“This is for the first time posing a lot of challenges for the traditional way in how you would do research, to be honest with you,” says Venn, expecting some volunteers sign up planning to quit as soon as they’re eligible for other, approved options.

“They may say, ‘I’m going to take (this proposed vaccine) and in nine months I’m going to say, “You know what? Unblind me.”’ … There’s all of that happening, too. It’s a very unusual time.”

It’s very rare to unblind a participant partway through a trial, Venn adds, and if it does happen, it’s almost always for a medical or safety reason.

But all trials must release any participant who wants to quit, no matter the reason, she says, and their data wouldn’t be included in the final results.

Giving seniors a placebo is out of the question for Providence Therapeutics CEO Brad Sorenson, who is planning Phase 2 trials for his COVID-19 vaccine hopeful.

The head of the Calgary-based biotech says his recently launched Phase 1 safety trials include a placebo group, but no seniors. Phase 2 will likely include seniors but no placebos.

“We don’t want to include a placebo group for people that are older and at a higher risk. Not when there’s a vaccine that would be available to them,” says Sorenson, musing on a possible workaround.

“We can do a comparative study where they get either our vaccine or a Moderna vaccine.”

Assuming the trial can get its hands on these approved vaccines – allotments from Moderna and Pfizer are both facing significant distribution delays in Canada.

Bowman sympathizes with volunteers who consider unknown protections of a trial vaccine to be better than nothing. He suggests those who consent to the terms of clinical trials do so “under duress.”

“Before Christmas, we were told we’d be swimming in vaccines by now, and we’re really, really not,” says Bowman.

“People have to protect their own lives and well-being.”

READ MORE: Trudeau says government foresaw short-term delays in vaccine deliveries to Canada, planned accordingly

Still, concrete data on how seniors respond to prospective COVID-19 vaccines is crucial, especially with relatively few therapies and so much still uncertain about the disease, says Medicago’s senior director of scientific and medical affairs.

“I know it’s a big request, but it’s part of science and that’s how it works and that’s how we make sure the product is good, that the people receiving it are safe,” says Nathalie Charland.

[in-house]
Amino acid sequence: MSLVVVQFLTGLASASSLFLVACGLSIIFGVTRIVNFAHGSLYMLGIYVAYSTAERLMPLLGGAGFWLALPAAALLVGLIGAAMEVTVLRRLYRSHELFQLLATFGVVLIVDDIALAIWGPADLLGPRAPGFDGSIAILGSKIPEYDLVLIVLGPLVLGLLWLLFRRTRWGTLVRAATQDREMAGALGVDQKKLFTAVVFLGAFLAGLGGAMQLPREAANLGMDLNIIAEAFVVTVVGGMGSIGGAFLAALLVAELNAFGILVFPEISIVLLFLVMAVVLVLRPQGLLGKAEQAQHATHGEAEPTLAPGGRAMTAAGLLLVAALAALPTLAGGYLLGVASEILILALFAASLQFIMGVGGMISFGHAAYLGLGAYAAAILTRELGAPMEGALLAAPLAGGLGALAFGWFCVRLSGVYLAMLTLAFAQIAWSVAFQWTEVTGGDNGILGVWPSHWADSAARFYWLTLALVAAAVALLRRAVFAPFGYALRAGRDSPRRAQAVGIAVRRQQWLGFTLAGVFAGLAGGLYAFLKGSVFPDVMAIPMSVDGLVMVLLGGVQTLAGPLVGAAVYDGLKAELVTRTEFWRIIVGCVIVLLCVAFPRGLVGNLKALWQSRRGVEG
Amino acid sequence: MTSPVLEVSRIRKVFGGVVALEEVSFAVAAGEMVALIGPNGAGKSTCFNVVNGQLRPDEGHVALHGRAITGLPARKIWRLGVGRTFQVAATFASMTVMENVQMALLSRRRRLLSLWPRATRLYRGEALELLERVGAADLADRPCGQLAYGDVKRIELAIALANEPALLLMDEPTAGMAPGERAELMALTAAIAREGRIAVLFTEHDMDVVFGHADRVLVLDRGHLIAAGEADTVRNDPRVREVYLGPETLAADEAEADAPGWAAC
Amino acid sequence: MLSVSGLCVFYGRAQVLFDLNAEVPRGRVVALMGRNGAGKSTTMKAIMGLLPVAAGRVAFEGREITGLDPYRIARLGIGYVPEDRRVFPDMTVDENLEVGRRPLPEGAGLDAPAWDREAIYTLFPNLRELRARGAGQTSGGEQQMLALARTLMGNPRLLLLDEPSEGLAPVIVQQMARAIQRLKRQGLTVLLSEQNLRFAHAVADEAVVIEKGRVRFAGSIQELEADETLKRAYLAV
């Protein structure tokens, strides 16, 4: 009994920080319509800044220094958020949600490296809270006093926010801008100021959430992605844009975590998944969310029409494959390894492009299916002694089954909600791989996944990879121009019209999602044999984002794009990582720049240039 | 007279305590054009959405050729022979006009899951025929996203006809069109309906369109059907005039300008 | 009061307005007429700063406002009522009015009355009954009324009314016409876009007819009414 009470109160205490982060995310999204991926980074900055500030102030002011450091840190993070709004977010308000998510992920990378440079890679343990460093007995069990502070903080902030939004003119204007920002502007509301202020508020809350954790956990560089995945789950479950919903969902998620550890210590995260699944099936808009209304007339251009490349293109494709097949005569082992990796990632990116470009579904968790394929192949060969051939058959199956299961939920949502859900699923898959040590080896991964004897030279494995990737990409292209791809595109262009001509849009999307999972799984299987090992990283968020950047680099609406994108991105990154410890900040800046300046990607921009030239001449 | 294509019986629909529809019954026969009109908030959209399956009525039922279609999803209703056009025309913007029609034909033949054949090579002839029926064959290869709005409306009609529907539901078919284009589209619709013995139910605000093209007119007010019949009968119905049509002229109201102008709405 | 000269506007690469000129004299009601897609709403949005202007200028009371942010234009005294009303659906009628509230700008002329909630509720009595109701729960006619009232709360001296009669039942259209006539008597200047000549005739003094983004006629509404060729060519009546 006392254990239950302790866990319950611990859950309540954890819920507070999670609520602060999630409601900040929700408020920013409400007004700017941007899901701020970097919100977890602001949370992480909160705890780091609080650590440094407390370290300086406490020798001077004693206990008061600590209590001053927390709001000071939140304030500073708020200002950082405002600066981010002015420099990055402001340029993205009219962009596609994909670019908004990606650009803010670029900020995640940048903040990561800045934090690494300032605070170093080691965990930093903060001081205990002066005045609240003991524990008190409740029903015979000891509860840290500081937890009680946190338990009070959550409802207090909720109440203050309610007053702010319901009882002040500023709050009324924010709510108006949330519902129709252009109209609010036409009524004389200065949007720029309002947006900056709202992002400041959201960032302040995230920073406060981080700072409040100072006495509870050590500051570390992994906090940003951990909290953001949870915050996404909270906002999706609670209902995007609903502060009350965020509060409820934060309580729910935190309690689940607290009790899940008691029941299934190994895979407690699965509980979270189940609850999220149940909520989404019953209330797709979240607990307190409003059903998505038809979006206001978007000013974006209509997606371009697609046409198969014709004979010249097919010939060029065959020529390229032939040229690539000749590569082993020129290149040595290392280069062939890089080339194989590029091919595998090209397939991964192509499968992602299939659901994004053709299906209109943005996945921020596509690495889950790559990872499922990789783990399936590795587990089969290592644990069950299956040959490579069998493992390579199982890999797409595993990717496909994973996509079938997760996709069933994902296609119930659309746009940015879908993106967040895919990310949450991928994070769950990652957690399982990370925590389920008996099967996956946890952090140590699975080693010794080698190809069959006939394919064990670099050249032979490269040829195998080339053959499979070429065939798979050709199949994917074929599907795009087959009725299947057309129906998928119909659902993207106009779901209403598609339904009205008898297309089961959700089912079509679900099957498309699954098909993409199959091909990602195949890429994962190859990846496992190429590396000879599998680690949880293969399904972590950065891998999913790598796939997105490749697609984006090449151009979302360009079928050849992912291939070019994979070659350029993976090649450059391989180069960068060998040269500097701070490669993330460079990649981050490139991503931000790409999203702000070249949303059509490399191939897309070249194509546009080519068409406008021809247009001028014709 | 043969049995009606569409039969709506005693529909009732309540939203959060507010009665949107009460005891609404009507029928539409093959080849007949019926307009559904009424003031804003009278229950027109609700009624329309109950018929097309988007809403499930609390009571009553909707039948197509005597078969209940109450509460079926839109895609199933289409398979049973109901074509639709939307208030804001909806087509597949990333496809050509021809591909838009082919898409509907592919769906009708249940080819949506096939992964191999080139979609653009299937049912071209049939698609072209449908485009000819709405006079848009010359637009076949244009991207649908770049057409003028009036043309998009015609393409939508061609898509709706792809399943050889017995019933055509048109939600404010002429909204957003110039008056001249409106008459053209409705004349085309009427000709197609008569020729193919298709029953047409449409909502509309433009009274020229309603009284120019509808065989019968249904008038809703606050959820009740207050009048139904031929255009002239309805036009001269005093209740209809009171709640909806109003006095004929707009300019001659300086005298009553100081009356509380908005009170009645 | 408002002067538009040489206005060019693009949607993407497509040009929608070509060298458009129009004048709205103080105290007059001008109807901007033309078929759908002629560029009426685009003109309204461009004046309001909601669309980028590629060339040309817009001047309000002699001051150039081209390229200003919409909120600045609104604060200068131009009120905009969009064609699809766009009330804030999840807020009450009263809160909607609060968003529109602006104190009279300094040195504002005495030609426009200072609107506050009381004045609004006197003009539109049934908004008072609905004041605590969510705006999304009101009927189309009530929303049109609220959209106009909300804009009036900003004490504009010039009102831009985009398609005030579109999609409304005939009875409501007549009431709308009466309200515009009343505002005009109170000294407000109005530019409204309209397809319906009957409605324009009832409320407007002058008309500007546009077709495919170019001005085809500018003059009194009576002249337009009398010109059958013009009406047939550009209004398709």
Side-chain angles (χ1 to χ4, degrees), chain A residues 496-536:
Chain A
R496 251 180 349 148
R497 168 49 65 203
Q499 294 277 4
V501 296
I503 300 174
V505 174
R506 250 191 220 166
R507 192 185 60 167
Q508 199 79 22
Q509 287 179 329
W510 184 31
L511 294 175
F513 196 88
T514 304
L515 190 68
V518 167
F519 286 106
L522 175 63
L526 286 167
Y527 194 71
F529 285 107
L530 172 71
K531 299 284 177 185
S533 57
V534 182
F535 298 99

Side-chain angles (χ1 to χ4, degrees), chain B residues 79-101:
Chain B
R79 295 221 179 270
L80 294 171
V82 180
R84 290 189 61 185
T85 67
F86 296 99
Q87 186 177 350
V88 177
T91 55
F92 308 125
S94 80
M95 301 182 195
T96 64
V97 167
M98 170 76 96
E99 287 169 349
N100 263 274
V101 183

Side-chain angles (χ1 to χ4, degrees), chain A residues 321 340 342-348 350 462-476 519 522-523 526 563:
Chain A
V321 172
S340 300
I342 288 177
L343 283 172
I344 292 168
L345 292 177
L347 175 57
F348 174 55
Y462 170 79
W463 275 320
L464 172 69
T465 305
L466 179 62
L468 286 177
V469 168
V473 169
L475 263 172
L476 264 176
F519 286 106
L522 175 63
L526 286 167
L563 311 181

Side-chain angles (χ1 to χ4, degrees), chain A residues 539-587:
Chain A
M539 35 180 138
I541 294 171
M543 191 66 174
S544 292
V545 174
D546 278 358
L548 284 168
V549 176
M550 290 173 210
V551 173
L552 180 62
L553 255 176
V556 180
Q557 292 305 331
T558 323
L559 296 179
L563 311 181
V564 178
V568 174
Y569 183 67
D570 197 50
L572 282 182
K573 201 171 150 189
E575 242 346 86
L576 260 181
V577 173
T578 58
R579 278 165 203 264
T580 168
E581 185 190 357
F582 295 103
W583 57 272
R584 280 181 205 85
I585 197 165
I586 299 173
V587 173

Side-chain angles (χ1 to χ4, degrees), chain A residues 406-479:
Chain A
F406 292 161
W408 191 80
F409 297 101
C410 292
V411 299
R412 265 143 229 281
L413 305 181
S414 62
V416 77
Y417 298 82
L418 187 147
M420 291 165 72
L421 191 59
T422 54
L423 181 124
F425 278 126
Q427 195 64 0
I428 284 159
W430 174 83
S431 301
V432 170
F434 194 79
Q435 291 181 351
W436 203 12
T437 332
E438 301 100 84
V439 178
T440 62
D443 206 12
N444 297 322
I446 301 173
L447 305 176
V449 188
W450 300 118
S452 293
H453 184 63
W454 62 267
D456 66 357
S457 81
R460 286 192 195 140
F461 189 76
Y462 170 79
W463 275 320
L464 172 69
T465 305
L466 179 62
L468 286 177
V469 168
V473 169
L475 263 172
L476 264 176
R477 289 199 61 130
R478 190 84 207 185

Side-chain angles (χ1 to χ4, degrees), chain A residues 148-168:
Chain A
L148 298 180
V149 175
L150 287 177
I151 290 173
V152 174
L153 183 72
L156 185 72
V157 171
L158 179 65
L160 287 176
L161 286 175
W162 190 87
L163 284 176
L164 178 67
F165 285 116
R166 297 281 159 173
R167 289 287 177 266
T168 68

“There are constraints related to the trial, we are aware of that, and that’s why we say a big thank you to all those who are involved in our trials.”

Charland says Medicago’s Phase 2 trial has already collected the data it needs from hundreds of senior volunteers in Canada and the United States, but recruiting the thousands more needed in Phase 3 will be tougher.

Half of the 30,000 participants needed are seniors, and half of all volunteers would get a placebo, she says.

“We are already planning for dropouts. We are very conscious that this might – and probably will – happen but Phase 3 is an efficacy trial so we have to go in regions of the world where the virus is circulating a lot,” she says, noting prospective sites include Latin America and Europe.

“It will be in countries where there’s not that many vaccines distributed yet. So that should help recruit subjects.”

Lessard suspects she got Medicago’s vaccine candidate, citing a slight headache and sore arm after the first dose and another sore arm after the second dose.

But she says that was not her primary reason for joining the trial, expressing hope her involvement will serve a greater public good.

“There’s a lot of fear around the COVID vaccines and we still hear people saying, ‘Oh, I’m not going to take the vaccine until it’s perfect,’” says Lessard.

“And my attitude is: Well, how are we going to get it perfect if nobody volunteers? And if not now, when? It’s got to be done now.”

Cassandra Szklarski, The Canadian Press


Like us on Facebook and follow us on Twitter.

Want to support local journalism during the pandemic? Make a donation here.

CoronavirusSeniorsvaccines

Just Posted

The Aquatic Centre at Western Financial Place.
Cranbrook Aquatic Center to close temporarily

The annual shutdown of the Aquatic Center at Western Financial Place will begin earlier than scheduled this year and does not have a defined end date at this time.

The latest EKASS survey confirms a steady decline in substance use among EK youth over the years. (image compilation via Pixabay)